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This is what I happen to get when I run check50, which is weird, because when I do manual tests, I seem to match the keys.

Other posts make me think this might be an issue of using the incorrect slug? I used the one given to me on their website, check50 cs50/problems/2021/x/speller so I am not sure what is happening.

Here are the results.

Results for cs50/problems/2021/x/speller generated by check50 v3.1.2
:) dictionary.c exists
:) speller compiles
:( handles most basic words properly
    expected "MISSPELLED WOR...", not ""
:( handles min length (1-char) words
    expected "MISSPELLED WOR...", not ""
:( handles max length (45-char) words
    expected "MISSPELLED WOR...", not ""
:( handles words with apostrophes properly
    expected "MISSPELLED WOR...", not ""
:( spell-checking is case-insensitive
    expected "MISSPELLED WOR...", not ""
:( handles substrings properly
    expected "MISSPELLED WOR...", not ""
:| program is free of memory errors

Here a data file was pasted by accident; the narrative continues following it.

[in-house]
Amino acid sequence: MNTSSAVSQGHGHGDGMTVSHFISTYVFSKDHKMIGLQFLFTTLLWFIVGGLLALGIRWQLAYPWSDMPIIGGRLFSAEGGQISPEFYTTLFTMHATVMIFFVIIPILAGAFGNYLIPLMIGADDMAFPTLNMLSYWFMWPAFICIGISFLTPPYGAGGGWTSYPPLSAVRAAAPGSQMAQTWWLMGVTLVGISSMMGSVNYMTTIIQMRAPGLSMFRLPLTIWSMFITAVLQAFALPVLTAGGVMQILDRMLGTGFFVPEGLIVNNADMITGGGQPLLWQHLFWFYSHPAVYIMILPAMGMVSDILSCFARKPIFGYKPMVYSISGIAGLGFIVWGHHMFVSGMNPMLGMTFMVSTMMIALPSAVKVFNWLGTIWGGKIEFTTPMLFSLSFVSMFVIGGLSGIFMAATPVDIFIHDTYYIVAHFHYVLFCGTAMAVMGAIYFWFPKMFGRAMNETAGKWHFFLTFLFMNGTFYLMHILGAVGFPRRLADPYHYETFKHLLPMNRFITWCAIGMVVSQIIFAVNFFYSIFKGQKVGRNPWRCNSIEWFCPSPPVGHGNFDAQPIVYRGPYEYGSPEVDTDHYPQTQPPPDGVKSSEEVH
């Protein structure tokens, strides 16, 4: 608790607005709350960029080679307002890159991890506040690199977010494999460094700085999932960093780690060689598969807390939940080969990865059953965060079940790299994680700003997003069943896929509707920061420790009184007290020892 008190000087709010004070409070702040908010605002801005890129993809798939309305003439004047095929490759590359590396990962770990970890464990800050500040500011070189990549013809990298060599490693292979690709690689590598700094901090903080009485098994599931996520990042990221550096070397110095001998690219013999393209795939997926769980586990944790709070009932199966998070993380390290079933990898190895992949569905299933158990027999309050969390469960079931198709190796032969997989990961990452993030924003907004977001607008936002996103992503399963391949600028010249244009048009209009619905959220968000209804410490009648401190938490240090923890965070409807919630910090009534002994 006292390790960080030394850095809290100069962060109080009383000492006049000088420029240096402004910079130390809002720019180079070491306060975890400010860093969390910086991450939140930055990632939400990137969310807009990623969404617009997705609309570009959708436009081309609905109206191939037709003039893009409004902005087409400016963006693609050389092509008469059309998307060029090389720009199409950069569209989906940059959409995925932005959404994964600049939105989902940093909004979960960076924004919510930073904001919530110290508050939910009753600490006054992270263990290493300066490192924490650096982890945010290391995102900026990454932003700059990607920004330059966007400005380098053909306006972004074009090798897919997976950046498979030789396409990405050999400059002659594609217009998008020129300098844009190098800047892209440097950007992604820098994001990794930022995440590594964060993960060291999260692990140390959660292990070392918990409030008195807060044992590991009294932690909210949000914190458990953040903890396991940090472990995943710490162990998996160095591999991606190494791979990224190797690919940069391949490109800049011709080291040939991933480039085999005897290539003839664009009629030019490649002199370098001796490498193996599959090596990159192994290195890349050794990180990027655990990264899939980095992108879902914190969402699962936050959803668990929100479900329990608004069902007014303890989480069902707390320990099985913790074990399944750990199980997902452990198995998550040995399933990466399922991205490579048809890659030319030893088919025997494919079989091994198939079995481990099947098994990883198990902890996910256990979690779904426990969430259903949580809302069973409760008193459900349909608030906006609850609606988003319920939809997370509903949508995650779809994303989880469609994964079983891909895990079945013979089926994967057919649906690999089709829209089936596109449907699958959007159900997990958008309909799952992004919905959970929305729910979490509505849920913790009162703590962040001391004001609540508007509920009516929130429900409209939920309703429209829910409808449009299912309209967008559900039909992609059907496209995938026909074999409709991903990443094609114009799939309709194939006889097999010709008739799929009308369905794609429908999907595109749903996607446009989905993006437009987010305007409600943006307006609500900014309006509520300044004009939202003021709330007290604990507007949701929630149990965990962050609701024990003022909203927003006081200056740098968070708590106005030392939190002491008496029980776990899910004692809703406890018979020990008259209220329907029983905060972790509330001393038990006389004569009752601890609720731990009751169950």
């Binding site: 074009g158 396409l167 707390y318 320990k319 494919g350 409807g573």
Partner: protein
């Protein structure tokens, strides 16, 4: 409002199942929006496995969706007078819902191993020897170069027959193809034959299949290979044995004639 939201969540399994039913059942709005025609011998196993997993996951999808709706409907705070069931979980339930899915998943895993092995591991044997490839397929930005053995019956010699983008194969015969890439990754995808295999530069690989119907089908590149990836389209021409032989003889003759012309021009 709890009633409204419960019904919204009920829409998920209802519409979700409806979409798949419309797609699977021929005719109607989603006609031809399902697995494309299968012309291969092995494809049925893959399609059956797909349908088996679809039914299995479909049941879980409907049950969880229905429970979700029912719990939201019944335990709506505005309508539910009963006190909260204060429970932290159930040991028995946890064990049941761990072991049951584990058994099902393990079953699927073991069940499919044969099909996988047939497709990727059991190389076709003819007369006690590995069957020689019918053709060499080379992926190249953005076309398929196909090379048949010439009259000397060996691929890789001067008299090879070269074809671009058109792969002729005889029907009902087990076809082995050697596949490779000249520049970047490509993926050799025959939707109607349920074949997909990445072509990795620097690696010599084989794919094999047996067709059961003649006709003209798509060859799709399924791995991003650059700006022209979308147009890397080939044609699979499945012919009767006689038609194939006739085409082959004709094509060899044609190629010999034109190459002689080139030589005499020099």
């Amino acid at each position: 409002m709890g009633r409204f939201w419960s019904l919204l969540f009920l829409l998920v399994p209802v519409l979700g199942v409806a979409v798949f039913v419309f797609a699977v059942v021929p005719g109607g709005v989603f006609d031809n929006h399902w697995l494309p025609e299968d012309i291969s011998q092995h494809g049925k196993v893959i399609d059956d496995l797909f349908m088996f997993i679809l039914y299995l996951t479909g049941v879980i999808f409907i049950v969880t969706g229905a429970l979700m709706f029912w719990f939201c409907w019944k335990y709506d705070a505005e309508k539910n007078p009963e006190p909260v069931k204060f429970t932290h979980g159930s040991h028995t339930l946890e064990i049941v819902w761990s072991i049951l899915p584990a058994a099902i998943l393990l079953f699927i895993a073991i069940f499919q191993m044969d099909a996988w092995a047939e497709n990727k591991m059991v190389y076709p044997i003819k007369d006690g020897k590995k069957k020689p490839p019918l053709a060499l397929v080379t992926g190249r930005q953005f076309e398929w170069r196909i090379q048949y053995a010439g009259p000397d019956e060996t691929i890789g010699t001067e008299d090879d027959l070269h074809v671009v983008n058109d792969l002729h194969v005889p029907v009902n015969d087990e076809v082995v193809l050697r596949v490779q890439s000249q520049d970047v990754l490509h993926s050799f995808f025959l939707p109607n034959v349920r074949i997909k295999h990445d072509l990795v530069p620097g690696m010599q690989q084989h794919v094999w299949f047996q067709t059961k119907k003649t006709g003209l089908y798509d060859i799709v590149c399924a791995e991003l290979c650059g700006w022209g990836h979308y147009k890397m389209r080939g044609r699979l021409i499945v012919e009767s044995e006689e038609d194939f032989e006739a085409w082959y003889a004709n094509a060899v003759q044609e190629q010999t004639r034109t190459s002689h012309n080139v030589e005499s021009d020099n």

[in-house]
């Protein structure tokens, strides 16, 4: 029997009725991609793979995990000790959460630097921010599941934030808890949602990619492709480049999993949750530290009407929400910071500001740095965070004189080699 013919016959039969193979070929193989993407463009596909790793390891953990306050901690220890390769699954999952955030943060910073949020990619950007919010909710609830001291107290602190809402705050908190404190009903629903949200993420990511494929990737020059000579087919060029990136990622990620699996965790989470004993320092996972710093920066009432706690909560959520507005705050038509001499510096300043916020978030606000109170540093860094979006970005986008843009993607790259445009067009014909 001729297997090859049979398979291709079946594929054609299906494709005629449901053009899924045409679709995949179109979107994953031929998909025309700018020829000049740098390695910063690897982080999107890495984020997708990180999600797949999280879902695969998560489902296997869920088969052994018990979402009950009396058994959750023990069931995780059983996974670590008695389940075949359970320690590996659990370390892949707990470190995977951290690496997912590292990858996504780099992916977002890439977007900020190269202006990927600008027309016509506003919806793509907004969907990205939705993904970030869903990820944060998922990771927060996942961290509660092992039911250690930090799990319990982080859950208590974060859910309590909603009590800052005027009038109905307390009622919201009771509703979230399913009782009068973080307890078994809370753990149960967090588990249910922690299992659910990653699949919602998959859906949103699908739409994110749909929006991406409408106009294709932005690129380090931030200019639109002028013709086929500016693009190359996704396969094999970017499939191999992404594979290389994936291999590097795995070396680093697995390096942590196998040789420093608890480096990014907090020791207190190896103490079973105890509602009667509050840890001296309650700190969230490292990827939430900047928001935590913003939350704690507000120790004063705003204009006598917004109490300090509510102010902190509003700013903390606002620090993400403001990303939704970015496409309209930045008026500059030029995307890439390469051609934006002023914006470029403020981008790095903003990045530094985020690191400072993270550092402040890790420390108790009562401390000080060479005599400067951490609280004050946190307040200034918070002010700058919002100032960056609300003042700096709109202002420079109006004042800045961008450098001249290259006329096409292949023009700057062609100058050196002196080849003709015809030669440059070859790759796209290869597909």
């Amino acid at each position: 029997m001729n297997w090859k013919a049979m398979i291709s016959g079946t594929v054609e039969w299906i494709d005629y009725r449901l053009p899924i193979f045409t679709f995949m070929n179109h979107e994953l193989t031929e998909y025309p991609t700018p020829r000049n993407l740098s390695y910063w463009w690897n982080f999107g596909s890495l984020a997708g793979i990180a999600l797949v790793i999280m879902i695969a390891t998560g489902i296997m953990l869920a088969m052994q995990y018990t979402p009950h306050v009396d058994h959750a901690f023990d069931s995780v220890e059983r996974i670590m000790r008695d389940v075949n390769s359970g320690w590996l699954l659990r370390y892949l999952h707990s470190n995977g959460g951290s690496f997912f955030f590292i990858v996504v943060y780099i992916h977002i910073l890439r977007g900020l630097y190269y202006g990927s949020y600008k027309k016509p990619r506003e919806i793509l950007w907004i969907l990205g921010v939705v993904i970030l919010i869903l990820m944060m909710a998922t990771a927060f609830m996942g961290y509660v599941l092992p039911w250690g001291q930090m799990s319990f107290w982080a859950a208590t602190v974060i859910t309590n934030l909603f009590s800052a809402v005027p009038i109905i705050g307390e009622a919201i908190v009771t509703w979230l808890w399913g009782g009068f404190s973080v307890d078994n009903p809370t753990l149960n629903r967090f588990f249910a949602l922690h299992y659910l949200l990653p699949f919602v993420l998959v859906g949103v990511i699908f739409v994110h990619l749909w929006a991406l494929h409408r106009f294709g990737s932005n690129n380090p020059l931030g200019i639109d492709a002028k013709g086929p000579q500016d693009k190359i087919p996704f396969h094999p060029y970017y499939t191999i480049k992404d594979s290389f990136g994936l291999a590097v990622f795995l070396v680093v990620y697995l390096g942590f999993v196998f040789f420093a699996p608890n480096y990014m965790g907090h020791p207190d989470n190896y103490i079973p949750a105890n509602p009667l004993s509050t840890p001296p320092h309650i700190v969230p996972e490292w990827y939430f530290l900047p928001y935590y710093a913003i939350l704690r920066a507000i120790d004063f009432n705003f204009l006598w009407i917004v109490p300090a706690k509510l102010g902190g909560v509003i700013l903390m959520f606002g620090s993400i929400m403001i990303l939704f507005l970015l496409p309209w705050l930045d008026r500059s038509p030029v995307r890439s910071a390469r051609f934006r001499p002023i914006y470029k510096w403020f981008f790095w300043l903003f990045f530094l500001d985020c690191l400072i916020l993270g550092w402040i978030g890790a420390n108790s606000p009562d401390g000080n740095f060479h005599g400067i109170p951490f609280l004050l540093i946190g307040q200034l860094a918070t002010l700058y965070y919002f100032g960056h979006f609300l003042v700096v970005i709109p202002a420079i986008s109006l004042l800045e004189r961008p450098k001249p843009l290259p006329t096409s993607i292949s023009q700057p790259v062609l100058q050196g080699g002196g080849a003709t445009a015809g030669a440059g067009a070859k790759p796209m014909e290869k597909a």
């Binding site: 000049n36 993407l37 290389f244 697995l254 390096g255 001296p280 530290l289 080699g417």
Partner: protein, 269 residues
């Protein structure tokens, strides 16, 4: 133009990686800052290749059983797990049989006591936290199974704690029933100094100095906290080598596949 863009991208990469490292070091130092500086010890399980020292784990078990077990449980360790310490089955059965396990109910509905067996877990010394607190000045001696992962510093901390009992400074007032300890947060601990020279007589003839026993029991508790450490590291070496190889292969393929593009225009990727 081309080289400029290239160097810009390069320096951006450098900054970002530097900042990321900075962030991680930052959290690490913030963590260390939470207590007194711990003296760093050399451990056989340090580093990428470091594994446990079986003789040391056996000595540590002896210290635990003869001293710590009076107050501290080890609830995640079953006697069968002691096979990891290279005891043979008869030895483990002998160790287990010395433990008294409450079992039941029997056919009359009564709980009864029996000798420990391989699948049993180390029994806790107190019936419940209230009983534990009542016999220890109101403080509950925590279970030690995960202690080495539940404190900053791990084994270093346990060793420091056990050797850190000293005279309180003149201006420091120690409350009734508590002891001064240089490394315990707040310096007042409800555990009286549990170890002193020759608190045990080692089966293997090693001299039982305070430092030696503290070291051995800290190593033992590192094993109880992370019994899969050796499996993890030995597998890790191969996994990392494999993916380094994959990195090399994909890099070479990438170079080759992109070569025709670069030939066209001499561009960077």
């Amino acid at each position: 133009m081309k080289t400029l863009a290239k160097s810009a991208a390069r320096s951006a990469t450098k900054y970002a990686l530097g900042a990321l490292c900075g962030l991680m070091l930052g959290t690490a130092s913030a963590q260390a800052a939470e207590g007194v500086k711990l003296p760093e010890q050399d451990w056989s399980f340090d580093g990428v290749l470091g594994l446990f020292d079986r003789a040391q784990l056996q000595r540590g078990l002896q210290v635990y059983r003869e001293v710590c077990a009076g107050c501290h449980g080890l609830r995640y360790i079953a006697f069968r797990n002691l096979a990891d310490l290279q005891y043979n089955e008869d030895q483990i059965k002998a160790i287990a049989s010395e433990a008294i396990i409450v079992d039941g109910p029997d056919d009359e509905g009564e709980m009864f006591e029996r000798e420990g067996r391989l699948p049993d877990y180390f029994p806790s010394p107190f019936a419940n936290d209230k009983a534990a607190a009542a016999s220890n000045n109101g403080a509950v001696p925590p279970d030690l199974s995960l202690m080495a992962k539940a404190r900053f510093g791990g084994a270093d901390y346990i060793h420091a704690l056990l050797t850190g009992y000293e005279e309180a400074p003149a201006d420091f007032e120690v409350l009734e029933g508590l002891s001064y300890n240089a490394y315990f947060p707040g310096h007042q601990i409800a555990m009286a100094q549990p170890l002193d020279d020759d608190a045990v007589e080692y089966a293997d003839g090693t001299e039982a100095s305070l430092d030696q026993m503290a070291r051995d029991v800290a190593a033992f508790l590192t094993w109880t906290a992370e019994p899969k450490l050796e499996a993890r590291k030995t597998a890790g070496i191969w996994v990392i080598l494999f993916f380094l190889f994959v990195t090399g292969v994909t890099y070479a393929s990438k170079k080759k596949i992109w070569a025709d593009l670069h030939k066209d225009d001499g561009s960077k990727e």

can't check until a frown turns upside down

Here is an example of what I get when I run $ ./speller texts/cat.txt

MISSPELLED WORDS

WORDS MISSPELLED:     0
WORDS IN DICTIONARY:  143091
WORDS IN TEXT:        6
TIME IN load:         0.02
TIME IN check:        0.00
TIME IN size:         0.00
TIME IN unload:       0.01
TIME IN TOTAL:        0.03

So you can see I do start with "MISSPELLED WORDS..." but check50 does not seem to think so? Here are the more detailed results from check50. Why does it show output in my terminal but not in check50?

I have also removed all instances of printf from my dictionary.c code. I haven't changed speller.c either. What can be the problem?